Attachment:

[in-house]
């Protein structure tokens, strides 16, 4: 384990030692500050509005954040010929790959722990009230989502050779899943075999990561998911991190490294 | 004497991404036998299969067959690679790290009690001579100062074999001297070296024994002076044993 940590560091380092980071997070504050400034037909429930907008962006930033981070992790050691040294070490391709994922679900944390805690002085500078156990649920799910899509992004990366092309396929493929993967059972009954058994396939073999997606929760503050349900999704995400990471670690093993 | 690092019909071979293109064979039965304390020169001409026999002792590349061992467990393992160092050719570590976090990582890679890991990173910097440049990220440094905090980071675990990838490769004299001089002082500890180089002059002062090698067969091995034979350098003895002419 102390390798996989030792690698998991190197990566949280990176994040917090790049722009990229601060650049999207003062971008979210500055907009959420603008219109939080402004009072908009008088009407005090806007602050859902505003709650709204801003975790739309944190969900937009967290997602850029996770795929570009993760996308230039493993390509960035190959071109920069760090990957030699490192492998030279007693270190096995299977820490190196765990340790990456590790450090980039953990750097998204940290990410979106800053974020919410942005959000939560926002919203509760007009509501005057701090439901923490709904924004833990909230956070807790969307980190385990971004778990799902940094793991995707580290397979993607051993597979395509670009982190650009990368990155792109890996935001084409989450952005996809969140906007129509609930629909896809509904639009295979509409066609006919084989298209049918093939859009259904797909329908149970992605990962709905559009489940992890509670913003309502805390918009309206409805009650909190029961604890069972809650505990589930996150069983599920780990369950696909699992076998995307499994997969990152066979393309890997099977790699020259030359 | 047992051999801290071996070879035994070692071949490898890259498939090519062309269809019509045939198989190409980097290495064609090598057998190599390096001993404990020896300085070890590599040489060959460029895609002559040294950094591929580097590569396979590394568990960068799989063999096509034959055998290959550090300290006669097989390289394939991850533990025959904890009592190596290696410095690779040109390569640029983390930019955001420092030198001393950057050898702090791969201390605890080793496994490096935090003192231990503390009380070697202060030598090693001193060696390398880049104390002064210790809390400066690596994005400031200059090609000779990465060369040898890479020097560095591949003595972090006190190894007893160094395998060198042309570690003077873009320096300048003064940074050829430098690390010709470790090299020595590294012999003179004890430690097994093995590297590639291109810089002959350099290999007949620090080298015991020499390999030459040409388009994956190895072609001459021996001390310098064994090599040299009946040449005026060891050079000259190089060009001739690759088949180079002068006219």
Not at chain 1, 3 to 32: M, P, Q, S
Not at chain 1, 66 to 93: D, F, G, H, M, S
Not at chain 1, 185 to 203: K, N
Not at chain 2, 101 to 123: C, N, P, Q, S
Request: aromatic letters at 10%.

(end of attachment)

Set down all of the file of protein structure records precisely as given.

[in-house]
């Protein structure tokens, strides 16, 4: 384990030692500050509005954040010929790959722990009230989502050779899943075999990561998911991190490294 | 004497991404036998299969067959690679790290009690001579100062074999001297070296024994002076044993 940590560091380092980071997070504050400034037909429930907008962006930033981070992790050691040294070490391709994922679900944390805690002085500078156990649920799910899509992004990366092309396929493929993967059972009954058994396939073999997606929760503050349900999704995400990471670690093993 | 690092019909071979293109064979039965304390020169001409026999002792590349061992467990393992160092050719570590976090990582890679890991990173910097440049990220440094905090980071675990990838490769004299001089002082500890180089002059002062090698067969091995034979350098003895002419 102390390798996989030792690698998991190197990566949280990176994040917090790049722009990229601060650049999207003062971008979210500055907009959420603008219109939080402004009072908009008088009407005090806007602050859902505003709650709204801003975790739309944190969900937009967290997602850029996770795929570009993760996308230039493993390509960035190959071109920069760090990957030699490192492998030279007693270190096995299977820490190196765990340790990456590790450090980039953990750097998204940290990410979106800053974020919410942005959000939560926002919203509760007009509501005057701090439901923490709904924004833990909230956070807790969307980190385990971004778990799902940094793991995707580290397979993607051993597979395509670009982190650009990368990155792109890996935001084409989450952005996809969140906007129509609930629909896809509904639009295979509409066609006919084989298209049918093939859009259904797909329908149970992605990962709905559009489940992890509670913003309502805390918009309206409805009650909190029961604890069972809650505990589930996150069983599920780990369950696909699992076998995307499994997969990152066979393309890997099977790699020259030359 | 047992051999801290071996070879035994070692071949490898890259498939090519062309269809019509045939198989190409980097290495064609090598057998190599390096001993404990020896300085070890590599040489060959460029895609002559040294950094591929580097590569396979590394568990960068799989063999096509034959055998290959550090300290006669097989390289394939991850533990025959904890009592190596290696410095690779040109390569640029983390930019955001420092030198001393950057050898702090791969201390605890080793496994490096935090003192231990503390009380070697202060030598090693001193060696390398880049104390002064210790809390400066690596994005400031200059090609000779990465060369040898890479020097560095591949003595972090006190190894007893160094395998060198042309570690003077873009320096300048003064940074050829430098690390010709470790090299020595590294012999003179004890430690097994093995590297590639291109810089002959350099290999007949620090080298015991020499390999030459040409388009994956190895072609001459021996001390310098064994090599040299009946040449005026060891050079000259190089060009001739690759088949180079002068006219």
Not at chain 1, 3 to 32: M, P, Q, S
Not at chain 1, 66 to 93: D, F, G, H, M, S
Not at chain 1, 185 to 203: K, N
Not at chain 2, 101 to 123: C, N, P, Q, S
Request: aromatic letters at 10%.